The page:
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As the title characters of "The Lovebirds," Issa Rae and Kumail Nanjiani are believable as a couple that clicks so well as pals that they wrongly assume the boyfriend-girlfriend part is going to be easy, too, then end up trapped in an increasingly unpleasant partnership. As we all know from movies, when lovers are struggling with irreconcilable differences, the best way to reconcile them is to immerse them in a criminal conspiracy that requires them to play detective while trying not to get murdered. Who needs couples therapy when you can go on the run and risk death to clear your name?
Leilani (Rae) and Jibran (Nanjiani) are introduced in a prologue, set the morning after their first night together. They shyly contrive reasons to keep hanging out even though cool-person dating rules require them to go their separate ways and act as if their hookup was no big deal. In a brisk montage, director Michael Showalter establishes their connection, making it seem as if they're one of those couples who click so well that they'll skip to marriage and happily-ever-after.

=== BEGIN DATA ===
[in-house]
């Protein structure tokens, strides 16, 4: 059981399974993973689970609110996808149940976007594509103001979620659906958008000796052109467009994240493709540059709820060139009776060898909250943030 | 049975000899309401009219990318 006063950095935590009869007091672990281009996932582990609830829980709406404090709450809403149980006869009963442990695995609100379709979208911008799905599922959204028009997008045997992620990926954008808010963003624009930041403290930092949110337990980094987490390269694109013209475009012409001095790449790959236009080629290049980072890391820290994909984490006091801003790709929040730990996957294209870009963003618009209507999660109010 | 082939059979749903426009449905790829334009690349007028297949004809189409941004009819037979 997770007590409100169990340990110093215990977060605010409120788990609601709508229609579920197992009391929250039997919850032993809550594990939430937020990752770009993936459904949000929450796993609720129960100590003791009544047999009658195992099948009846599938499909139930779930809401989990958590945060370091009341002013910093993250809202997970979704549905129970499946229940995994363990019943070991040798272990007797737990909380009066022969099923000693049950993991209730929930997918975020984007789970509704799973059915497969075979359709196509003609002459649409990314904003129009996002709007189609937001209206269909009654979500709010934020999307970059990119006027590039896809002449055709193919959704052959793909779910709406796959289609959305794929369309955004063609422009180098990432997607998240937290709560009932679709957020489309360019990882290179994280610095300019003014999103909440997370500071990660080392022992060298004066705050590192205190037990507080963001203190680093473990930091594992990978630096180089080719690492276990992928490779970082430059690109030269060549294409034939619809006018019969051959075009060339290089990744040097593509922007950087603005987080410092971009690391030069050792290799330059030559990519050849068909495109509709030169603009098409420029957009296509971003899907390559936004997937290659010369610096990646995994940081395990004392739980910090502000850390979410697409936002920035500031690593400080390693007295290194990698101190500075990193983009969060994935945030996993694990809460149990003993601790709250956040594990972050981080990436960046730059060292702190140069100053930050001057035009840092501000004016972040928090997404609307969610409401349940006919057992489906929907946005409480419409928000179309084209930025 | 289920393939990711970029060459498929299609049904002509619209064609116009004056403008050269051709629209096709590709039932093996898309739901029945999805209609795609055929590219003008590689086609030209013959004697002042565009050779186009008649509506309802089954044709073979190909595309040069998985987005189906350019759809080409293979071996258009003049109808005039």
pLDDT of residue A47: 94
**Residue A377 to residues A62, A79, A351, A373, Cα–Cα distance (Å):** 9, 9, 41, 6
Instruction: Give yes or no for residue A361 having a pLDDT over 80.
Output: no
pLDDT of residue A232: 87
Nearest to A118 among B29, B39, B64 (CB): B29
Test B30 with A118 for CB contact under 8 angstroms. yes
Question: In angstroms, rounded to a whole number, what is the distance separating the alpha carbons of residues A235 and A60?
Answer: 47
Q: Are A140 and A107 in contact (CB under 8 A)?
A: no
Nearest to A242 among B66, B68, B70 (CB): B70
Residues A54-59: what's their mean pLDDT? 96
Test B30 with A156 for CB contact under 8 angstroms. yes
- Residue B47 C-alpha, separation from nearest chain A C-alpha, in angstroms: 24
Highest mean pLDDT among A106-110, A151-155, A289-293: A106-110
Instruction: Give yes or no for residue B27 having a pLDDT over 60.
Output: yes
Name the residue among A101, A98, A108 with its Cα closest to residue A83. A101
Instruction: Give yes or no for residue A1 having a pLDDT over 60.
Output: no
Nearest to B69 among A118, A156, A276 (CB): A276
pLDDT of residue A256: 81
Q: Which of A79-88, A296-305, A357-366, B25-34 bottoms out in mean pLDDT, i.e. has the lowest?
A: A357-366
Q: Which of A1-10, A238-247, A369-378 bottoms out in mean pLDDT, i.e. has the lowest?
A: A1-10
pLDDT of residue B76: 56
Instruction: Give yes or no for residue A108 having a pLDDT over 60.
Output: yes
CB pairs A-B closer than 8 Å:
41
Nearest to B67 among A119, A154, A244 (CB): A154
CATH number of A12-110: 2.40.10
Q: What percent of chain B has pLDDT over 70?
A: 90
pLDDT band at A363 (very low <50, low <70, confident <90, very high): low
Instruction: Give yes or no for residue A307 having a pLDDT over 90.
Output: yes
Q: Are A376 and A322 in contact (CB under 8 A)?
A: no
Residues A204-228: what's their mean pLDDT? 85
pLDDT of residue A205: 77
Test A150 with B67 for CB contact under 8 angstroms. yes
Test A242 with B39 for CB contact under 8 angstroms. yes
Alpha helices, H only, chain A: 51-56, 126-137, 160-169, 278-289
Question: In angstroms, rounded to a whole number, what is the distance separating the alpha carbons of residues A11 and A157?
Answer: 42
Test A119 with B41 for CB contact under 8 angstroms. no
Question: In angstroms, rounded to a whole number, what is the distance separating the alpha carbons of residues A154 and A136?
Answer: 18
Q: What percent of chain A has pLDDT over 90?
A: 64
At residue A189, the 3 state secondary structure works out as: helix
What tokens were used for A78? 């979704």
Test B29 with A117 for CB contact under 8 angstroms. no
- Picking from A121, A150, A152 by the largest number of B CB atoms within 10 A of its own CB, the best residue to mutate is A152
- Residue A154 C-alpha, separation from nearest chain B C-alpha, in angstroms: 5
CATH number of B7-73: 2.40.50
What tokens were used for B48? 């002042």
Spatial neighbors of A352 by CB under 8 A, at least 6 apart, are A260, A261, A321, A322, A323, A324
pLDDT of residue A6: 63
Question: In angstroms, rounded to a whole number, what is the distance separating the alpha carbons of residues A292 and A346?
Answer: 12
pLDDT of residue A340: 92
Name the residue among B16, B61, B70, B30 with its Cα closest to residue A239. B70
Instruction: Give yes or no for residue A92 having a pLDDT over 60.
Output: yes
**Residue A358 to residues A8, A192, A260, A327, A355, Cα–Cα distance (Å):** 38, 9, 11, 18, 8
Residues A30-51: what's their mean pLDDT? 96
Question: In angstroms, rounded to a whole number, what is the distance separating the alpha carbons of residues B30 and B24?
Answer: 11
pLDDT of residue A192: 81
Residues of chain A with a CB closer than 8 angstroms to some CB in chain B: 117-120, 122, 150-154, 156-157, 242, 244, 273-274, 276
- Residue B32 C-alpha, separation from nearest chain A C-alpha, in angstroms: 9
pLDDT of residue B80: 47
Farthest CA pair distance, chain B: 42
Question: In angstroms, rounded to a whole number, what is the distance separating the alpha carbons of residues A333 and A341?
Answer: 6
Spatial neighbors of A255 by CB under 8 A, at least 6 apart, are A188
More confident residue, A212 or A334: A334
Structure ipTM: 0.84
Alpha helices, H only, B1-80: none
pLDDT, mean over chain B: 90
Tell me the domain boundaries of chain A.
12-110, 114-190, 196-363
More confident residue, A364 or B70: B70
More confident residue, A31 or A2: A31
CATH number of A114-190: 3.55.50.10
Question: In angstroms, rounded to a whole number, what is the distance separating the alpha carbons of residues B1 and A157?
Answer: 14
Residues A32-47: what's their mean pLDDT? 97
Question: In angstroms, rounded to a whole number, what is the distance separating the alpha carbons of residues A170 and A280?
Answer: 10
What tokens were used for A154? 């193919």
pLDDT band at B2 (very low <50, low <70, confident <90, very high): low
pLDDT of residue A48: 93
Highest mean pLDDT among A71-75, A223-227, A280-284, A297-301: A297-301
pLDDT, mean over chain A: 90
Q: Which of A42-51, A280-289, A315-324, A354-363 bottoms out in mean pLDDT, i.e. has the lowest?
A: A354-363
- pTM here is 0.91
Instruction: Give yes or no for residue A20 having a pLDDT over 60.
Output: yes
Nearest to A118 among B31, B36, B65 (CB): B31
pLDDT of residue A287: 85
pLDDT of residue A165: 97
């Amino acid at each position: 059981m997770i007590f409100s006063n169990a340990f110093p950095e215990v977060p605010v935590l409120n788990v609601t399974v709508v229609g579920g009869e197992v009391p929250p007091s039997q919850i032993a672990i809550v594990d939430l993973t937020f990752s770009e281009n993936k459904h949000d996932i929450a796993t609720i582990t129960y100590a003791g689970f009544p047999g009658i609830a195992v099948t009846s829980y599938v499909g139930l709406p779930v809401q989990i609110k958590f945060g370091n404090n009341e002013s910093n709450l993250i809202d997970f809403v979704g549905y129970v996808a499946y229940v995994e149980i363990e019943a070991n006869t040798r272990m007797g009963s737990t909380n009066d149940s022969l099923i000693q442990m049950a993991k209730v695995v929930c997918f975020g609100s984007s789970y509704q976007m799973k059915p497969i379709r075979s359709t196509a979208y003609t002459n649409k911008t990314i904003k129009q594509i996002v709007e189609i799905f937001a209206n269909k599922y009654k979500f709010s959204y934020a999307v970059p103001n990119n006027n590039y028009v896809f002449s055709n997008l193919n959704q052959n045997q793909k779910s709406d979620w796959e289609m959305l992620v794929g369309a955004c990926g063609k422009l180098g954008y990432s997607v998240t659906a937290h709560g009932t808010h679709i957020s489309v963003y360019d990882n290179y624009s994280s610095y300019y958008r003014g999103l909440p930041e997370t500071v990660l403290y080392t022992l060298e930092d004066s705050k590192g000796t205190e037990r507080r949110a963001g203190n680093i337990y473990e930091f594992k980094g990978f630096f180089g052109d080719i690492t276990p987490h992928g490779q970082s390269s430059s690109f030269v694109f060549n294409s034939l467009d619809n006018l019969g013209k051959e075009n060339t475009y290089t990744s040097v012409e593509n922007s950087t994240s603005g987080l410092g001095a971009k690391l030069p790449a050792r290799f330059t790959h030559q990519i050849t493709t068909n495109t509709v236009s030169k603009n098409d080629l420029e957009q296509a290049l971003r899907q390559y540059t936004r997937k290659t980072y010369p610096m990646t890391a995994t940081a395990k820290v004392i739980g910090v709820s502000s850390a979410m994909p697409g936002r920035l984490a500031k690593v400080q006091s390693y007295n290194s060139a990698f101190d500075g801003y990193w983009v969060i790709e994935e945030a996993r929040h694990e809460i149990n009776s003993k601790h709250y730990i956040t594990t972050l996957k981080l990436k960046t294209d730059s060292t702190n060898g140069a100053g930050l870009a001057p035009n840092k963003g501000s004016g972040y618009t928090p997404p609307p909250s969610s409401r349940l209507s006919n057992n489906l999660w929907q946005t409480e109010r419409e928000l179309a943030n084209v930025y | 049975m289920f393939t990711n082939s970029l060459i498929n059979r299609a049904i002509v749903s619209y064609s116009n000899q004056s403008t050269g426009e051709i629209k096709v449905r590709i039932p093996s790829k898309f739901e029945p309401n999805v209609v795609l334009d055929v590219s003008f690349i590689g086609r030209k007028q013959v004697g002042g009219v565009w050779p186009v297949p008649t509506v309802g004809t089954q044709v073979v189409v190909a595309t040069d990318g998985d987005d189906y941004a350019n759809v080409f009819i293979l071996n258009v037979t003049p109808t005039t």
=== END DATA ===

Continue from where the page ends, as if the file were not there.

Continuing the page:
Then the story jumps ahead four years, revealing that the magic force field of cute/funny/horny that once protected Leilani and Jibran from reality faded. Now they're grinding on each other's last nerve. Where did the magic go? Was there ever really magic? Things are so tense that they're both wondering why they haven't called it quits yet.
Leilani, an advertising executive, is a spontaneous person who wishes her boyfriend would take more risks. Jibran, a documentary filmmaker, is a planner who thinks everything should be scheduled down to the smallest detail, the better to eliminate surprises. (This even includes "freaky sex," which, as Leilani rightly notes, isn't something you can schedule. If you schedule it, how freaky can it be?) Leilani thinks Jibran has become pretentious and bitter. Jibran thinks Leilani is a trivial narcissist who can't go five minutes without refreshing her Instagram page, and suspects that she has a crush on a coworker.
Their arguments in the film's first ten minutes show how couples that genuinely love each other still can talk past one another, not because they aren't listening (though that's often the case) but because they engage with the world in wildly different, maybe incompatible ways. This is subtly acted by both leads, especially when the characters fall silent and you see shades of doubt and sadness flicker across their faces. These moments also prime you to expect a more realistic, low-key comedy-drama about a couple coming apart, which is not what "The Lovebirds" ever intended to be. That's a minor shame. Based on available evidence, the stars would have been up to the job. The last Showalter-Nanjiani collaboration, "The Big Sick," was that kind of film, and the end product was fresh and sweet.